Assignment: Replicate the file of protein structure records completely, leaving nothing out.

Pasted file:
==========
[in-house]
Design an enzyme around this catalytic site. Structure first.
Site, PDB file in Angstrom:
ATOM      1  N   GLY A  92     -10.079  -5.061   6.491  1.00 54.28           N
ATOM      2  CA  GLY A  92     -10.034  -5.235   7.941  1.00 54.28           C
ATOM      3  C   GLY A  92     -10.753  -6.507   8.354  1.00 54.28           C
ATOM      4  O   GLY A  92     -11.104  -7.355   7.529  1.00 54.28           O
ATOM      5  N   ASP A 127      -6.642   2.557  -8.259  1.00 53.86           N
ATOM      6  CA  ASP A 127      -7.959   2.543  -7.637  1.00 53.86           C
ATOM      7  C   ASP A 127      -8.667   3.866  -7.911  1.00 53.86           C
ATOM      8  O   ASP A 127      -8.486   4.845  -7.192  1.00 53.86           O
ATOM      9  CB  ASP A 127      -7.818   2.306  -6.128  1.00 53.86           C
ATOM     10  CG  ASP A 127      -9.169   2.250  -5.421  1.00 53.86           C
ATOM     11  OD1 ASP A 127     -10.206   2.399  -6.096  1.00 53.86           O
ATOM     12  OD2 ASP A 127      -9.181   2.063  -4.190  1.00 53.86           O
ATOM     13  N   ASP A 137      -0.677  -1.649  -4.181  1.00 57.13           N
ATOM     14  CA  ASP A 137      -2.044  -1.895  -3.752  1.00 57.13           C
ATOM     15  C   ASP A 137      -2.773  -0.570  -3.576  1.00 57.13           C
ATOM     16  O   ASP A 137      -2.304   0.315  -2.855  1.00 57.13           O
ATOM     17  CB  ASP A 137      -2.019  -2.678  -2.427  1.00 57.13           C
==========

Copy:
[in-house]
Design an enzyme around this catalytic site. Structure first.
Site, PDB file in Angstrom:
ATOM      1  N   GLY A  92     -10.079  -5.061   6.491  1.00 54.28           N
ATOM      2  CA  GLY A  92     -10.034  -5.235   7.941  1.00 54.28           C
ATOM      3  C   GLY A  92     -10.753  -6.507   8.354  1.00 54.28           C
ATOM      4  O   GLY A  92     -11.104  -7.355   7.529  1.00 54.28           O
ATOM      5  N   ASP A 127      -6.642   2.557  -8.259  1.00 53.86           N
ATOM      6  CA  ASP A 127      -7.959   2.543  -7.637  1.00 53.86           C
ATOM      7  C   ASP A 127      -8.667   3.866  -7.911  1.00 53.86           C
ATOM      8  O   ASP A 127      -8.486   4.845  -7.192  1.00 53.86           O
ATOM      9  CB  ASP A 127      -7.818   2.306  -6.128  1.00 53.86           C
ATOM     10  CG  ASP A 127      -9.169   2.250  -5.421  1.00 53.86           C
ATOM     11  OD1 ASP A 127     -10.206   2.399  -6.096  1.00 53.86           O
ATOM     12  OD2 ASP A 127      -9.181   2.063  -4.190  1.00 53.86           O
ATOM     13  N   ASP A 137      -0.677  -1.649  -4.181  1.00 57.13           N
ATOM     14  CA  ASP A 137      -2.044  -1.895  -3.752  1.00 57.13           C
ATOM     15  C   ASP A 137      -2.773  -0.570  -3.576  1.00 57.13           C
ATOM     16  O   ASP A 137      -2.304   0.315  -2.855  1.00 57.13           O
ATOM     17  CB  ASP A 137      -2.019  -2.678  -2.427  1.00 57.13           C